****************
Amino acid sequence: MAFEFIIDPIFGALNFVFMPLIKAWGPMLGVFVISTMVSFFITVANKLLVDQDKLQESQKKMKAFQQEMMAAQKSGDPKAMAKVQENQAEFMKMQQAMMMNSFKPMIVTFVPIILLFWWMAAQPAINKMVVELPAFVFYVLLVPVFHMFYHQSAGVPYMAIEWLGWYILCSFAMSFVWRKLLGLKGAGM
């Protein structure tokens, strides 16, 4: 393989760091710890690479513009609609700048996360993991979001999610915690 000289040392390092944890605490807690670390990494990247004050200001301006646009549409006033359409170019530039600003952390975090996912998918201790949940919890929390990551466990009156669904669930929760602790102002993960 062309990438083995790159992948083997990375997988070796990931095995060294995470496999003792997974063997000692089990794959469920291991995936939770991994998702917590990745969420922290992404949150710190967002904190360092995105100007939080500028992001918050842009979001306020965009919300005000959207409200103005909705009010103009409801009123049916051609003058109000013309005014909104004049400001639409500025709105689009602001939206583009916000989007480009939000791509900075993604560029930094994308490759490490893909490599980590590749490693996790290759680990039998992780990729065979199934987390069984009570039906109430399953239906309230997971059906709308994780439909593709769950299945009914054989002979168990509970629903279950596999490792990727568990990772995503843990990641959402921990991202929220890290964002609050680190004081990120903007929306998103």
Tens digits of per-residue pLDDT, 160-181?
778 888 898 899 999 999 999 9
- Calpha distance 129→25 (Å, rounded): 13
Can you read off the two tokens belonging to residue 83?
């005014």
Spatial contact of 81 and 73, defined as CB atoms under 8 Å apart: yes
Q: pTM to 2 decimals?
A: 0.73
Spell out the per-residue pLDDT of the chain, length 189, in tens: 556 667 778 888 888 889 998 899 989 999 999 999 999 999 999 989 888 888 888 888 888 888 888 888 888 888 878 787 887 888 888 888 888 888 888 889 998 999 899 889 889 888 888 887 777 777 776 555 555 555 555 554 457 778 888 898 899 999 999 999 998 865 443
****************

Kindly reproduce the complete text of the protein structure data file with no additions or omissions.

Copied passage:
Amino acid sequence: MAFEFIIDPIFGALNFVFMPLIKAWGPMLGVFVISTMVSFFITVANKLLVDQDKLQESQKKMKAFQQEMMAAQKSGDPKAMAKVQENQAEFMKMQQAMMMNSFKPMIVTFVPIILLFWWMAAQPAINKMVVELPAFVFYVLLVPVFHMFYHQSAGVPYMAIEWLGWYILCSFAMSFVWRKLLGLKGAGM
């Protein structure tokens, strides 16, 4: 393989760091710890690479513009609609700048996360993991979001999610915690 000289040392390092944890605490807690670390990494990247004050200001301006646009549409006033359409170019530039600003952390975090996912998918201790949940919890929390990551466990009156669904669930929760602790102002993960 062309990438083995790159992948083997990375997988070796990931095995060294995470496999003792997974063997000692089990794959469920291991995936939770991994998702917590990745969420922290992404949150710190967002904190360092995105100007939080500028992001918050842009979001306020965009919300005000959207409200103005909705009010103009409801009123049916051609003058109000013309005014909104004049400001639409500025709105689009602001939206583009916000989007480009939000791509900075993604560029930094994308490759490490893909490599980590590749490693996790290759680990039998992780990729065979199934987390069984009570039906109430399953239906309230997971059906709308994780439909593709769950299945009914054989002979168990509970629903279950596999490792990727568990990772995503843990990641959402921990991202929220890290964002609050680190004081990120903007929306998103």
Tens digits of per-residue pLDDT, 160-181?
778 888 898 899 999 999 999 9
- Calpha distance 129→25 (Å, rounded): 13
Can you read off the two tokens belonging to residue 83?
């005014």
Spatial contact of 81 and 73, defined as CB atoms under 8 Å apart: yes
Q: pTM to 2 decimals?
A: 0.73
Spell out the per-residue pLDDT of the chain, length 189, in tens: 556 667 778 888 888 889 998 899 989 999 999 999 999 999 999 989 888 888 888 888 888 888 888 888 888 888 878 787 887 888 888 888 888 888 888 889 998 999 899 889 889 888 888 887 777 777 776 555 555 555 555 554 457 778 888 898 899 999 999 999 998 865 443